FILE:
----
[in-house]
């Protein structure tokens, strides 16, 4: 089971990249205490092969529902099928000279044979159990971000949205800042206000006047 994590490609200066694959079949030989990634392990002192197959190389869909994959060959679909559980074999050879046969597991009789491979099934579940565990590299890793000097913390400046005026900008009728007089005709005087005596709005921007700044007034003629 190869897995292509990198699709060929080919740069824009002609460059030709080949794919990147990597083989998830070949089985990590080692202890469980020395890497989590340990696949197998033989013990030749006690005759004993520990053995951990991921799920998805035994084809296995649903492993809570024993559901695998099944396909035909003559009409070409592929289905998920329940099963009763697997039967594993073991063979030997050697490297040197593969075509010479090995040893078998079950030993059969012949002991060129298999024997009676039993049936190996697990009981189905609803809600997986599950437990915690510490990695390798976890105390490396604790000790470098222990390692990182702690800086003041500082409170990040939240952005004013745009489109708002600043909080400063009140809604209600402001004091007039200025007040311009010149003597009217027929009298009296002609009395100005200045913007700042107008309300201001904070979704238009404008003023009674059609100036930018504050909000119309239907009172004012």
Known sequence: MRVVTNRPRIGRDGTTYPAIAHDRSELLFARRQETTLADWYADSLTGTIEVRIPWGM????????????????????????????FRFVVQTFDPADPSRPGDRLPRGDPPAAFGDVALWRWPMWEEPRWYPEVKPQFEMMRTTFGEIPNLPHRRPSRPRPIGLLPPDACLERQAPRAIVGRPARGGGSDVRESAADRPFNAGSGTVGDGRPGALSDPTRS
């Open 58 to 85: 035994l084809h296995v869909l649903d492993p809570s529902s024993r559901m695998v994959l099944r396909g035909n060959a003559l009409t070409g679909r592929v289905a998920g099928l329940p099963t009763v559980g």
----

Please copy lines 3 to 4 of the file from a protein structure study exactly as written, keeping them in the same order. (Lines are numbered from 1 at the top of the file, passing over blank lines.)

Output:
Known sequence: MRVVTNRPRIGRDGTTYPAIAHDRSELLFARRQETTLADWYADSLTGTIEVRIPWGM????????????????????????????FRFVVQTFDPADPSRPGDRLPRGDPPAAFGDVALWRWPMWEEPRWYPEVKPQFEMMRTTFGEIPNLPHRRPSRPRPIGLLPPDACLERQAPRAIVGRPARGGGSDVRESAADRPFNAGSGTVGDGRPGALSDPTRS
């Open 58 to 85: 035994l084809h296995v869909l649903d492993p809570s529902s024993r559901m695998v994959l099944r396909g035909n060959a003559l009409t070409g679909r592929v289905a998920g099928l329940p099963t009763v559980g």